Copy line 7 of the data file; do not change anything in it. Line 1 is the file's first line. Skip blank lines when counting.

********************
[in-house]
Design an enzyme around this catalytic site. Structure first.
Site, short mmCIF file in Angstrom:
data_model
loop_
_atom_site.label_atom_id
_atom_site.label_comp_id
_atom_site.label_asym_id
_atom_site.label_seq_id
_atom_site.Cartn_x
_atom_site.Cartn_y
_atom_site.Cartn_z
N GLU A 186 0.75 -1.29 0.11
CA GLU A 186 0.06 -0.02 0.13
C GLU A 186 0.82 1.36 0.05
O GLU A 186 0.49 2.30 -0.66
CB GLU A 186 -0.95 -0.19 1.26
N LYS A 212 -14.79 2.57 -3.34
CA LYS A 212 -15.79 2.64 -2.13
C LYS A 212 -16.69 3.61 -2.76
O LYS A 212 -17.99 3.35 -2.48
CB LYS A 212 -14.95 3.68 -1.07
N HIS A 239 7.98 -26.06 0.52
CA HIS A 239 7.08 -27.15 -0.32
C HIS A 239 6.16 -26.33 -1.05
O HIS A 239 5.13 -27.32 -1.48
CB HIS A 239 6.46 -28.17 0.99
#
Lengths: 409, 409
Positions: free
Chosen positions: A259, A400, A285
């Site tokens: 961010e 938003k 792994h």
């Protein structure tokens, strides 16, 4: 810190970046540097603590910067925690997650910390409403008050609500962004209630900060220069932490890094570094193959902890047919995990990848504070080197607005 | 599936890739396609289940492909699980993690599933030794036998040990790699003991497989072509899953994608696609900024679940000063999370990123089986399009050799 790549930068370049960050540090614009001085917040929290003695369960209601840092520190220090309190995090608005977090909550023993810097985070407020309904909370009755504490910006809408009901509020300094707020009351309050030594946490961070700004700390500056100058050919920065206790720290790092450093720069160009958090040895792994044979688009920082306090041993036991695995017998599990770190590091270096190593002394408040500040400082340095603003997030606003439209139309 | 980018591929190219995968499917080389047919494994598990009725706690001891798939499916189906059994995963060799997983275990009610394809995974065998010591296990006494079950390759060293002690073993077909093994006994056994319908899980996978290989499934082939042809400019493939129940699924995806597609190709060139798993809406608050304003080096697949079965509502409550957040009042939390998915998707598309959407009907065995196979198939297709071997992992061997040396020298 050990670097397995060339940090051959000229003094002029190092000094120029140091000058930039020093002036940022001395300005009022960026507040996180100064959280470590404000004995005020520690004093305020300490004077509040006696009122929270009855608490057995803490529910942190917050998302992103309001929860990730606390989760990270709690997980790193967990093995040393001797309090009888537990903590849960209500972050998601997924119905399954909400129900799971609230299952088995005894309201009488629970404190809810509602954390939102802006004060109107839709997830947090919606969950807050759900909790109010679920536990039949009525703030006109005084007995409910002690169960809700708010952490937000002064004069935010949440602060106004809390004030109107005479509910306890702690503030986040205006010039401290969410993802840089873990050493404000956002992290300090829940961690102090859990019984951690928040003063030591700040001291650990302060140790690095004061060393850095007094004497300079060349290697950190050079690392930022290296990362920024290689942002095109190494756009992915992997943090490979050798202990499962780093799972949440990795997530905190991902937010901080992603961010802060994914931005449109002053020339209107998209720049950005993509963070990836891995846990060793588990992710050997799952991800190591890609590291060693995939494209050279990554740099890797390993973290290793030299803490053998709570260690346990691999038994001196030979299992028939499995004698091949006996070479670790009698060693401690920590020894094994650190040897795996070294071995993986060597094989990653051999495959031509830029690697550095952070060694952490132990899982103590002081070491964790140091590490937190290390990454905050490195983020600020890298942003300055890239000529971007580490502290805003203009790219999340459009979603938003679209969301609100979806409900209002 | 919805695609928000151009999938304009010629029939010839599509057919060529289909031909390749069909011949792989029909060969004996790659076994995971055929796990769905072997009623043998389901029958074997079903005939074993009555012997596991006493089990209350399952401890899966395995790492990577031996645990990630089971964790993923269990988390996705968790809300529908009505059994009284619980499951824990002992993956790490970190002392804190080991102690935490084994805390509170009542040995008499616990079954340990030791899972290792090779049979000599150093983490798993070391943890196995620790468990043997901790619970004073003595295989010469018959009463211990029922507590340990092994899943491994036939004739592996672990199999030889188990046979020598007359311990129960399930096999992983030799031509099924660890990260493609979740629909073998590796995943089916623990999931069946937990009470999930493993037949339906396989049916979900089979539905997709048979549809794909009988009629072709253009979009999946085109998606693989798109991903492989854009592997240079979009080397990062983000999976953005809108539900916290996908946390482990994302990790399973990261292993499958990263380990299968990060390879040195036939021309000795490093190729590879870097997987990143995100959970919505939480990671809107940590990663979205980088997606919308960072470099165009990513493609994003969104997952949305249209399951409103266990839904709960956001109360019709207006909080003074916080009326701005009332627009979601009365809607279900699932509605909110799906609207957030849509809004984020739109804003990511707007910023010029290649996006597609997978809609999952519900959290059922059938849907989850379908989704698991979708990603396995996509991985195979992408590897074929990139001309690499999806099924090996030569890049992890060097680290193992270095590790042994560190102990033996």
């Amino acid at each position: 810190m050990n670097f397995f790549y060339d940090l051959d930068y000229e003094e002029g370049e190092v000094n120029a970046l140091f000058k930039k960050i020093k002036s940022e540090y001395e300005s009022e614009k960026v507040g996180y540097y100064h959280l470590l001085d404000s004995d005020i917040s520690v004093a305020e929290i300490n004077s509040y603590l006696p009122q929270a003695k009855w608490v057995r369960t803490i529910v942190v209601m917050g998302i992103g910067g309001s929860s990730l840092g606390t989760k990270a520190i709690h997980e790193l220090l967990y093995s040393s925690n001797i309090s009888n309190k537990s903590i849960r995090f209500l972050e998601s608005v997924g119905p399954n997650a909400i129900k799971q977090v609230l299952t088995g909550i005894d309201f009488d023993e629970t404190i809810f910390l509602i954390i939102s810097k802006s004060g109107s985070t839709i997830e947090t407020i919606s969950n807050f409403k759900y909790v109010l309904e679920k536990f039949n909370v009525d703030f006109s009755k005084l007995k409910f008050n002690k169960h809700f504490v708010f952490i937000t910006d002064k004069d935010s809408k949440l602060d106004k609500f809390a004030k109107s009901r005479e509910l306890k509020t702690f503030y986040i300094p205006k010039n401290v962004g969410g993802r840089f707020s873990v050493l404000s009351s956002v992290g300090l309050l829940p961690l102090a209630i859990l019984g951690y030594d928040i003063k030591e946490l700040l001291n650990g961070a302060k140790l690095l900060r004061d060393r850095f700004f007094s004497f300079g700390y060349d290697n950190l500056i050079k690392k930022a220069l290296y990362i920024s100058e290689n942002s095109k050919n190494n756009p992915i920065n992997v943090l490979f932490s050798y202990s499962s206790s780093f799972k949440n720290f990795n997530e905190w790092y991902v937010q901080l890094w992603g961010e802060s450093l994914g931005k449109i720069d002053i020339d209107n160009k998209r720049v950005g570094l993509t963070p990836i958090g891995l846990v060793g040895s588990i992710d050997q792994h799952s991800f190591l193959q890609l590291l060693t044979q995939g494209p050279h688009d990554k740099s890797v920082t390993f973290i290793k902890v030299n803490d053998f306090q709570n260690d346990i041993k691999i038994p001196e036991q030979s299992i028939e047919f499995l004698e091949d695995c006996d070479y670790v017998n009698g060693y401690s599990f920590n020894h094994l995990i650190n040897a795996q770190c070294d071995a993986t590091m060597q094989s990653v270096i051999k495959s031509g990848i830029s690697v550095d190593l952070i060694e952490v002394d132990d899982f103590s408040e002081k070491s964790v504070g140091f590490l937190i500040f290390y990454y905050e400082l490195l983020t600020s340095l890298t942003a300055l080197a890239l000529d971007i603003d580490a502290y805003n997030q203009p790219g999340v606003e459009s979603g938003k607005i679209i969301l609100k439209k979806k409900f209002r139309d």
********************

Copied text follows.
_atom_site.label_comp_id